Home » Travel » There is a UNESCO World Heritage Site in Alberta, Canada, called “Head-Smashed-In Buffalo Jump.” It is Where the Aboriginal People Used to Chase Buffalos Off a Cliff.
Head-Smashed-In Buffalo Jump.

There is a UNESCO World Heritage Site in Alberta, Canada, called “Head-Smashed-In Buffalo Jump.” It is Where the Aboriginal People Used to Chase Buffalos Off a Cliff.

This is yet another cultural site on Canada’s list of UNESCO World Heritage Sites. This site contains the ruins of a camp, bones from American bison, and several trails. It is thought to be evidence of communal hunting in the area, which existed more than 6,000 years ago. But do you know the name of UNESCO’s World Heritage Site in Canada?

In Alberta, Canada, there is a UNESCO World Heritage Site called “Head-Smashed-In Buffalo Jump,” where aboriginal people used to chase buffalo off a cliff and then carve up their remains at their camps below.

Driving Buffalos Off the Cliff

When the first people asked their Creator what they would eat, Napi, or Old Man, created images of buffalo from clay and brought them to life. According to some Blackfoot traditions, the Blackfoot confederacy includes the Piikani, Siksika, and Kainai of Alberta and the Ampskapi Piikani of Montana. 

He then led the people to a rocky ledge and summoned the buffalo, which ran straight over the cliff. According to oral history and explorer records, people dressed in wolf skins spooked animals in the right direction, while others disguised in buffalo skins gently encouraged followers. Dispersed animals were thus herded towards converging rows of 5 to 10-metre-apart rock piles. 

When attached to sticks and flapping ribbons, these cairns scared the cows and calves just enough to keep them bouncing off the ‘buffalo lanes’ towards a cliff edge. Over ten kilometers of stone-lined lanes radiate from the ledges at Head-Smashed-In.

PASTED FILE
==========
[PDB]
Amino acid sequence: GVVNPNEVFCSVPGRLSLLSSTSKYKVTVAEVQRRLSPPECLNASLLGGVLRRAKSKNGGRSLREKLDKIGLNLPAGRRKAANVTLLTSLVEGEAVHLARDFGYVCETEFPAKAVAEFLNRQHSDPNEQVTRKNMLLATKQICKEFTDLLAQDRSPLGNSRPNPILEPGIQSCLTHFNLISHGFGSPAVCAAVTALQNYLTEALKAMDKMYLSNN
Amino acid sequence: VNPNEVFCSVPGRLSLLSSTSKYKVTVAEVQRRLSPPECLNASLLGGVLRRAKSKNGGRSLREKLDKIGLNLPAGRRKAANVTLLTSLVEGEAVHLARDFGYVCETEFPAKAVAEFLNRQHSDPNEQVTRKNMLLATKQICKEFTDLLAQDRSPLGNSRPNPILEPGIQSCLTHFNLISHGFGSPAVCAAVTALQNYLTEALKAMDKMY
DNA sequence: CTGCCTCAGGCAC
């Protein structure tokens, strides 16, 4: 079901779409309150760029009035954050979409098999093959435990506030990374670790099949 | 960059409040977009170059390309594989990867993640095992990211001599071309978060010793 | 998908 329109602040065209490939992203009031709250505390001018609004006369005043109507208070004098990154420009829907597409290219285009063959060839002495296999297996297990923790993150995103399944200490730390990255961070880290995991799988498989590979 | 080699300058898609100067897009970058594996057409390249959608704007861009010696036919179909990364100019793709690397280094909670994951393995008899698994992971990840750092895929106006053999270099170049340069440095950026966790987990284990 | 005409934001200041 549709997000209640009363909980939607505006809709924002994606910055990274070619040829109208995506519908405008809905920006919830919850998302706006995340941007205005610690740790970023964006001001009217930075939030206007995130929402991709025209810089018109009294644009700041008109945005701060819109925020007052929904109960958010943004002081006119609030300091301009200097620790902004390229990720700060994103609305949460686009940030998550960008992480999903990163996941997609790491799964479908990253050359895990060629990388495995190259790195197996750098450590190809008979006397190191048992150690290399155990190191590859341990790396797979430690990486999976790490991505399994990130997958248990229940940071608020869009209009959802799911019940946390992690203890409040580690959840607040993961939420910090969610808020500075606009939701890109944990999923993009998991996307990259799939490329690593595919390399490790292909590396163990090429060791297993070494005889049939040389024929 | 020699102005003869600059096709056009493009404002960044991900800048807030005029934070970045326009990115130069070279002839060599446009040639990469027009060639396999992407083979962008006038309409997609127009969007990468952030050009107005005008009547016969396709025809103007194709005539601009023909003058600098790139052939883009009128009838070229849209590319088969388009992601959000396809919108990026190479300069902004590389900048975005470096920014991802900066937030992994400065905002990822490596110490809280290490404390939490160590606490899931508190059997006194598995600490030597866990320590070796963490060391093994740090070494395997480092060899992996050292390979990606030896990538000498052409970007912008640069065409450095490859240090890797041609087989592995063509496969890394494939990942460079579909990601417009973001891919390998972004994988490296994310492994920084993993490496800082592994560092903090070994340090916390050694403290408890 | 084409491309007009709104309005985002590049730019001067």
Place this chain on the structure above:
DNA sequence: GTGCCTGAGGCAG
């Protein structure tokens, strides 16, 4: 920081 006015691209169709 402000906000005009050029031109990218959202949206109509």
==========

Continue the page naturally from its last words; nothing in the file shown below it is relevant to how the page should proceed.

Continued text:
Herds of 100 to 200 animals have then pushed across a seemingly innocent landscape: the sandstone cliffs are over 10 meters tall, but when viewed from above, they create the optical illusion of a prairie continuing beyond the horizon. It was too late by the time the ledge was reached. Thousands of kilograms of galloping momentum pushed the lead animals and followers into the air, like a train squealing on the brakes. (Source: National Trust Canada

What was the Significance of the Tradition?

Archaeologists and historians have compiled statistics and dates of human use at Head-Smashed-In. Still, interpretive guides will tell you that standing on the cliffs is the only way to experience their power truly. Little Leaf, who has a degree in education from the University of Calgary, observes that this is where book learning meets real knowledge.

Visitors can listen for the crescendo of panicked grunts, imagine rolling masses of buffalo backs, and imagine the ground trembling as 400 hooves leave the earth and become weightless for a brief moment. When the dust had settled on the blood and fur, a single stampede led by a few hundred men and women could yield 80,000 kilograms of edible meat. Jack Brink, author of the multi-award winning book Imagining Head-Smashed-In – Aboriginal Buffalo Hunting on the Northern Plains, said this event was the most productive food-gathering enterprise ever devised by humans during pre-contact times.

The historical, archaeological, and scientific value of the Head-Smashed-In Buffalo Jump landscape is significant. The deep, undisturbed layers of animal bones, mostly American Bison, represent nearly 6,000 years of continuous occupation, interrupted by one long period of unexplained hunting. (Source: National Trust Canada

Image from Parks.Canada

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